“A Vagabond with Studio Equipment” – An Interview with DC’s OZKER
“It’s kind of funny, but I really hate being in front of people,” he says, “but I love to DJ. I just wanna make a really good time, so I don’t really think a bunch about how I look.”
Inadvertently, Oscar (who performs under the slightly different spelling of OZKER) and his laissez-faire attitude towards aesthetics has inadvertently made him a well-known character around the DMV. His trademark long hair and big smile, coupled with his warm personality and infectious spirit, sets him in a league of his own when it comes to local DJs. That paired with his driving work ethic (he holds several monthly residencies and co-hosts several monthly parties including No Scrubs, Hot in Herre, and REV909) firmly establish his singular position as one of the kindest and hardest-working DJs in the area.
With OZKER’s forthcoming performance at the Blisspop Disco Fest as one of the openers for Horse Meat Disco, I met with him at Georgia Avenue’s Colony Club to talk about his craft and origins within the DC area, diving into his desire to keep the past alive, in addition to what we can expect from his upcoming performance.
Tickets to see Ozker at the Blisspop Disco Fest are available here.
When I was in the process of setting this interview up, I was told you were, in certain words, one of the kindest and hardest working DJs from the DC-Maryland-Virginia area. Can you tell me a bit about yourself, and what it was like growing up in DC?
Well I was born and raised in DC and Maryland, I went to high school in Montgomery County. Those times were really weird around here, it was a dark place and just a really hard place for anyone trying to come up. It’s very different now – even this block right here [on Georgia Avenue], there wasn’t any of these huge buildings or developments. You had to grow up with fear and having to deal with a lot of things — I’m a first generation American, and my parents, they would now be considered ‘illegals,’ so there was a lot of fear and intimidation, from the streets, from the government, a lot of gangs.
Throughout all of that, there were times when we lost everything and had to come back up. But it’s one of those things where I believe I’ve become the person that I am because of that. I really don’t care for a lot of stuff like that, because I would rather be in the moment with people. I want to be more accessible to people, because it’s been really hard to be accessible to people in the past – when you have no phone, no address, things of that nature. I’m more living in the now.
My story feels a bit intense, but the thing that resonates with me most is that I love my city. It’s taught me a lot about who I am and what I’m capable of doing, as well as the things I’m not capable of doing. It’s been a harsh, sometimes rough life, but after awhile you get used to it — you get used to be a vagabond with studio equipment and records. But when it comes to DJing, it’s my escape. It’s what I get to do where a lot of that stuff doesn’t matter.
It’s interesting that you DJ to provide an escape to others in a live setting, but that the inspiration for that craft comes from your own desire to escape your environment.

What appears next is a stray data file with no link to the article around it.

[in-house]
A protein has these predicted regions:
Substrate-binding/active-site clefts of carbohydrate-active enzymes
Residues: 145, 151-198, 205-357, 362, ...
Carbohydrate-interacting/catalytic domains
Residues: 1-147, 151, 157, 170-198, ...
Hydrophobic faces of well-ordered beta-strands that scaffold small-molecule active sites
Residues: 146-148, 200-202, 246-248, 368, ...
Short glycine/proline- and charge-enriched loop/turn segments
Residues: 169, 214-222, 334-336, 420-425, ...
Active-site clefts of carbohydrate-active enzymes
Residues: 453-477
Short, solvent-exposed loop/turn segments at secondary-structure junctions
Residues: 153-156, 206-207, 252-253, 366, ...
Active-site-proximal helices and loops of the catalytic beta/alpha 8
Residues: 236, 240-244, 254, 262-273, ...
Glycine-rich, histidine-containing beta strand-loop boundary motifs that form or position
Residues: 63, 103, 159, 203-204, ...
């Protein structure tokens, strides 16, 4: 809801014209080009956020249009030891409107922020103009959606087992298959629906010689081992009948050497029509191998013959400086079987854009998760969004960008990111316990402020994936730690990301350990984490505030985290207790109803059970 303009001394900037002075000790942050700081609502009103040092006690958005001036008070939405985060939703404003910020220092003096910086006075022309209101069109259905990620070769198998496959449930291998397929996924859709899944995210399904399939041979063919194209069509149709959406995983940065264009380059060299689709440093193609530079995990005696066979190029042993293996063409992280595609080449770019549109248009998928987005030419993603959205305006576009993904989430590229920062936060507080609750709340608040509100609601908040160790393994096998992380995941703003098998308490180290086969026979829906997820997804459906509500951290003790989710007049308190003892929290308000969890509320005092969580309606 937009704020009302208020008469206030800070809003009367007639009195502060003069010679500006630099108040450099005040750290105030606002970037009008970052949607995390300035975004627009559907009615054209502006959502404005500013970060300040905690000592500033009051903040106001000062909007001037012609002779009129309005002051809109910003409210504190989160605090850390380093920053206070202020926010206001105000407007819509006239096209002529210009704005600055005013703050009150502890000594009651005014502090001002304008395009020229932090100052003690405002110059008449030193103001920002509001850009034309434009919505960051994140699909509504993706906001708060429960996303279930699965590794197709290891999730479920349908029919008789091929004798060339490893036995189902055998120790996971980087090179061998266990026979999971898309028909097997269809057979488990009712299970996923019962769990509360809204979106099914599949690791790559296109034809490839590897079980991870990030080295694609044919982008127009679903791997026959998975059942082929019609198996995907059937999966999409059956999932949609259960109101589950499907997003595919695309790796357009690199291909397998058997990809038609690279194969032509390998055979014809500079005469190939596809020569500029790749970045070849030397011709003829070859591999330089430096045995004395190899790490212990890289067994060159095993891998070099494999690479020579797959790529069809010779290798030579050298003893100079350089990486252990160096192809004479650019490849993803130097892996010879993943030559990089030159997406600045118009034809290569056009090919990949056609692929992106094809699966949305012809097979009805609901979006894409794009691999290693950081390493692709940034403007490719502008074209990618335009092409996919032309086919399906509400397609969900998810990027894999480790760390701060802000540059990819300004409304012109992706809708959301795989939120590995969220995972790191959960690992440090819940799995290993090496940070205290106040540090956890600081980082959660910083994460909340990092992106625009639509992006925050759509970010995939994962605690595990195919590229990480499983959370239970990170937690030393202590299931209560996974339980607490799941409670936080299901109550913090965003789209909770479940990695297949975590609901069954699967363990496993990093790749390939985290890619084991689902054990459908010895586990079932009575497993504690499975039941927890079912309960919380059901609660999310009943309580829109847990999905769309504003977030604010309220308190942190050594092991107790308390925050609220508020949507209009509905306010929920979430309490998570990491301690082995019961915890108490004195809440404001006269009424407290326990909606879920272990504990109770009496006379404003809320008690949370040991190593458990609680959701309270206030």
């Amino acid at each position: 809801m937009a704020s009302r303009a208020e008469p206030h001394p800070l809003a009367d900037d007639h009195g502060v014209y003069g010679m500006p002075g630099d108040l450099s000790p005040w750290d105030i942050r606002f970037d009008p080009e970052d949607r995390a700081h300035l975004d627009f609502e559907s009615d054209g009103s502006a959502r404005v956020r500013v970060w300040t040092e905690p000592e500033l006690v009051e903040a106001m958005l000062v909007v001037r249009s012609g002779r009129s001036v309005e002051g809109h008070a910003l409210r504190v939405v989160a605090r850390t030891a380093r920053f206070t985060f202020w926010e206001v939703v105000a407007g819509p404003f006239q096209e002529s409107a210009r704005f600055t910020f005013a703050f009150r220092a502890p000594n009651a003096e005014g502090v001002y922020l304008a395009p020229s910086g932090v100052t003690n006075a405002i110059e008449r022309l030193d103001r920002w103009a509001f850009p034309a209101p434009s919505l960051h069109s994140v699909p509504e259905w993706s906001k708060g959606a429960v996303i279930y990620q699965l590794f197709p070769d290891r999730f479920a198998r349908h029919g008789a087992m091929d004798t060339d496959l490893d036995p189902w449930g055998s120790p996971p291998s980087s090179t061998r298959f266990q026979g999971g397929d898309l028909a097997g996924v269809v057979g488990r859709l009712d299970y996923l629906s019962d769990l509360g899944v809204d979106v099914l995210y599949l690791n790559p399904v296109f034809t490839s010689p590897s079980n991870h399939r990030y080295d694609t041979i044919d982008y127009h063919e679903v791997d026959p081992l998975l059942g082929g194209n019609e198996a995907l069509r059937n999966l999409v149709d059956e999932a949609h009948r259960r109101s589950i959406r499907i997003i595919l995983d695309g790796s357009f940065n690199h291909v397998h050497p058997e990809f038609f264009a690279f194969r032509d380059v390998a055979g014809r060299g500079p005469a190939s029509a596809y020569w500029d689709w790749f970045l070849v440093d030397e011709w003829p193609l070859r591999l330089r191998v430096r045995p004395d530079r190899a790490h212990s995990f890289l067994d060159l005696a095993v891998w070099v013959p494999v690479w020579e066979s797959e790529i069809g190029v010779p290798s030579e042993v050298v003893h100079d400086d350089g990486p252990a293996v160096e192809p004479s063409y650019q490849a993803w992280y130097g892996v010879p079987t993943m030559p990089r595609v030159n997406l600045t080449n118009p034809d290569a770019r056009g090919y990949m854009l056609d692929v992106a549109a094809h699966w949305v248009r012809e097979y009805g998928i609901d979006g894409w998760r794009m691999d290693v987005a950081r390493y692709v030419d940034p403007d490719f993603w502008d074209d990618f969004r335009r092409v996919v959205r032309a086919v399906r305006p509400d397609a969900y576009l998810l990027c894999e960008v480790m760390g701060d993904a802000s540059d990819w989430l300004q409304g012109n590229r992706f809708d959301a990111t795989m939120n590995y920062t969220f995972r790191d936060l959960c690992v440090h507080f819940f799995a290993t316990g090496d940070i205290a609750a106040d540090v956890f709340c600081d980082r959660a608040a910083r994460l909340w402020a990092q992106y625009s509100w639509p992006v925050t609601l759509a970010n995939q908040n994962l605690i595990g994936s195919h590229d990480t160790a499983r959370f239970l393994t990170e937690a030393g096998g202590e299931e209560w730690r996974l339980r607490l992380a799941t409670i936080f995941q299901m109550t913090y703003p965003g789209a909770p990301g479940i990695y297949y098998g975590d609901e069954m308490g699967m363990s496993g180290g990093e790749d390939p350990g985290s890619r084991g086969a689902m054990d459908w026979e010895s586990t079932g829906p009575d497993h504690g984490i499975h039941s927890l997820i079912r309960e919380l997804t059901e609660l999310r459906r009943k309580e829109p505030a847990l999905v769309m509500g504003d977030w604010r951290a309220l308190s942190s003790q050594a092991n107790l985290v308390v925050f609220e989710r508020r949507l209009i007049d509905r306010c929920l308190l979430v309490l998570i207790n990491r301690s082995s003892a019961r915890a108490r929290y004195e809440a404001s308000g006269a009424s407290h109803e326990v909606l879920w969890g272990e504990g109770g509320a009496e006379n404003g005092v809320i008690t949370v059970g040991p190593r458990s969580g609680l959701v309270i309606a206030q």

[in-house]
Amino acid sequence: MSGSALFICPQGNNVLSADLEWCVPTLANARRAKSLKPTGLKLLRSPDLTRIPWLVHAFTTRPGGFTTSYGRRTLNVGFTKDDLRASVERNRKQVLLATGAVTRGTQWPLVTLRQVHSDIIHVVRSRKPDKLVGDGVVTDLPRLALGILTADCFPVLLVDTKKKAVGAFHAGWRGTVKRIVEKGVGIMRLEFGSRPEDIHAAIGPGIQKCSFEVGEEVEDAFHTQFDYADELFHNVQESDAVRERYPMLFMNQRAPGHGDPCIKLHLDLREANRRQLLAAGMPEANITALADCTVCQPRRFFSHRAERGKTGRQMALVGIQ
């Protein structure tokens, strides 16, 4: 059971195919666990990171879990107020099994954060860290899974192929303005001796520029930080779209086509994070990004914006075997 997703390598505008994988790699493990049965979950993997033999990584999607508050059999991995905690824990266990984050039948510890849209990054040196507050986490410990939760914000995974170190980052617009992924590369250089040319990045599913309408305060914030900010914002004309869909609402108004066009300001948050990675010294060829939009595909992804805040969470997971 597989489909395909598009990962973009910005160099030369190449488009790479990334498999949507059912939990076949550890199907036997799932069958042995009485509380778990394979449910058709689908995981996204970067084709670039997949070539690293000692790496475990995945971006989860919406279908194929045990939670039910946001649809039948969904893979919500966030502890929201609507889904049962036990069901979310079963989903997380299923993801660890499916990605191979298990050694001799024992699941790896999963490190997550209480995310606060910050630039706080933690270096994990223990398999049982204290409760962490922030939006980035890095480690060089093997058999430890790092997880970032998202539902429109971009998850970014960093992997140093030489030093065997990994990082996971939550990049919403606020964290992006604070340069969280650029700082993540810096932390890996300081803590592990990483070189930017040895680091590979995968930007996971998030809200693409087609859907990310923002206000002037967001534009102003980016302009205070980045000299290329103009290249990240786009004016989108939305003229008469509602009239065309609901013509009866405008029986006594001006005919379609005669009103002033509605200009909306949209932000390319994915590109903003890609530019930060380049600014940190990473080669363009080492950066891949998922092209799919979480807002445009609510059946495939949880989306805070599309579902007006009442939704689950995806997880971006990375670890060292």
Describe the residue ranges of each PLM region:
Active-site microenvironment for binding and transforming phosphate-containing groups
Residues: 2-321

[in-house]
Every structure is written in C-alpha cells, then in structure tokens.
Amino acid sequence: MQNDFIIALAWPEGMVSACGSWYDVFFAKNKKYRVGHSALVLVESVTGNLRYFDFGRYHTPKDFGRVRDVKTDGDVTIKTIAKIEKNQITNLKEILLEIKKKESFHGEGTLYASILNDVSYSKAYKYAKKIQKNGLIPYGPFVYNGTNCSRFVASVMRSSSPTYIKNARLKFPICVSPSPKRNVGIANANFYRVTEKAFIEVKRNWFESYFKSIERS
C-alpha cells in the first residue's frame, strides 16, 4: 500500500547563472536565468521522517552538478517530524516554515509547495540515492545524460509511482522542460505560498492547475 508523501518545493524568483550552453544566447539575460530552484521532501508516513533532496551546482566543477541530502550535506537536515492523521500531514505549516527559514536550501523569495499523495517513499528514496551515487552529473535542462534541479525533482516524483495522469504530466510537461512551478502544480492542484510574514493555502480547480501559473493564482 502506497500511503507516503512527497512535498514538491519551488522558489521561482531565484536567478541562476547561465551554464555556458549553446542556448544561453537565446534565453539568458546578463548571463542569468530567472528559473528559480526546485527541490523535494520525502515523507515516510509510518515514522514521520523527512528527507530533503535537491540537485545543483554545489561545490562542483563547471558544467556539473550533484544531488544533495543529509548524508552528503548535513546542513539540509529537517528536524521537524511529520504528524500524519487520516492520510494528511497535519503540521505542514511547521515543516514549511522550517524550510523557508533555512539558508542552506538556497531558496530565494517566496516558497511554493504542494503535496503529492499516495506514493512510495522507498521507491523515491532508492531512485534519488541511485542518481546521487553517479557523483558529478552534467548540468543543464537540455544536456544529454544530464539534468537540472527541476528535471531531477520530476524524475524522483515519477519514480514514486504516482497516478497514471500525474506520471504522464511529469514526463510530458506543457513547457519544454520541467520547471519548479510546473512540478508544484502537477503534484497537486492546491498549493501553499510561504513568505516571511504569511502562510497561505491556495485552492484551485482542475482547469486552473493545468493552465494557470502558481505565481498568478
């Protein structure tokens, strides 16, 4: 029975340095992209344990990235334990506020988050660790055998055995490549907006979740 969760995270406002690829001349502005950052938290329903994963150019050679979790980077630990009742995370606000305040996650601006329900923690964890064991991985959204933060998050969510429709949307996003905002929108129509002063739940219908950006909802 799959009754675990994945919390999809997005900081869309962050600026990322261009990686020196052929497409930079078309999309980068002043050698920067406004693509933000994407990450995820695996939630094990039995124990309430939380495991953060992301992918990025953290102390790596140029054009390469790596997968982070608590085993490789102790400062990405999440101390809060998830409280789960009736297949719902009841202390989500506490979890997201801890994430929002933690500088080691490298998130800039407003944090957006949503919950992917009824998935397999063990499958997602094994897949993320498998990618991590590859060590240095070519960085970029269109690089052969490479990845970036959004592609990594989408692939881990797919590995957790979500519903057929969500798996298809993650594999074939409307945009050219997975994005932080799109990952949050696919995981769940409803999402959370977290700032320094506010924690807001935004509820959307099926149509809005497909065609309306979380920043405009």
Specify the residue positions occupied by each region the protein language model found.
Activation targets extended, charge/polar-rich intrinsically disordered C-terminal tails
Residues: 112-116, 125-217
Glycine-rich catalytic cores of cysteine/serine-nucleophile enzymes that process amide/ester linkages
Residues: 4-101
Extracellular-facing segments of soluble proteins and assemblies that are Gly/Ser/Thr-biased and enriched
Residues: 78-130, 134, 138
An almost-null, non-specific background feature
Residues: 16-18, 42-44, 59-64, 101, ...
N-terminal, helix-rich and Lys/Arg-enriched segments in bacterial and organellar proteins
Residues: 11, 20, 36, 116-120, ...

Yeah, definitely … for me, there’s a lot of stuff that lingers in my mind that tends to not be so fun or nice, certain things that you just can’t block out sometimes. Music brings a lot of space for me in that regard. It’s helped me out with my depression, all the weird, wild, dark shit that everybody has to deal with. When times get really hard, everybody questions whether they deserve to live or whether any of this is worth it, stuff like that. Music has really pushed me in a completely different trajectory where that stuff doesn’t matter for four hours. That’s four hours in my day where I’m not thinking about whatever the hell is getting in the way of my goals or my family getting to the next level.
I don’t want to sound like a depressed figure, but it just makes me feel good sometimes, when I’m DJing and I’m surrounded by people having a good time, that no matter what gets thrown at me, it’s really great to be from this area, and to not be judged.
How did you get into making dance music?
Oh man, so, I grew up in church. It was probably around when I was 4 or 5, and we were having crazy problems at home. So my mom was like, ‘I need help,’ and our babysitter at the time was going to this church on Georgia Avenue at the time — probably ten minutes away from here going north.
We went there and there was this huge congregation, like three hundred people, and there was a band with people singing. And my family always had music playing, but that was the first time I had seen a band play. And I got really interested in it — we started going to my uncle’s church. And there were these opportunities where you could play the tambourine or the guiro or the shaker at church, for the kids. And that turned into me being a drummer at an early age for my congregation, and from that came keyboards and singing with the band. And when school came around came the clarinet and, little by little, I started meeting all these people who were older than me. So I just had this crazy introduction to music.
Around the time middle school came around, my friend Danny was a DJ — he got his mom to by him a DJ set, he had this Gemini setup. And at that point, dance and house music had always been a thing here — on radio and television, there was a huge Baltimore scene, so it was always everywhere. There was a dance party on 99.1, and my love for 80s music, growing up in church, and being introduced to all this weird Jazz and Spanish music kind of came together.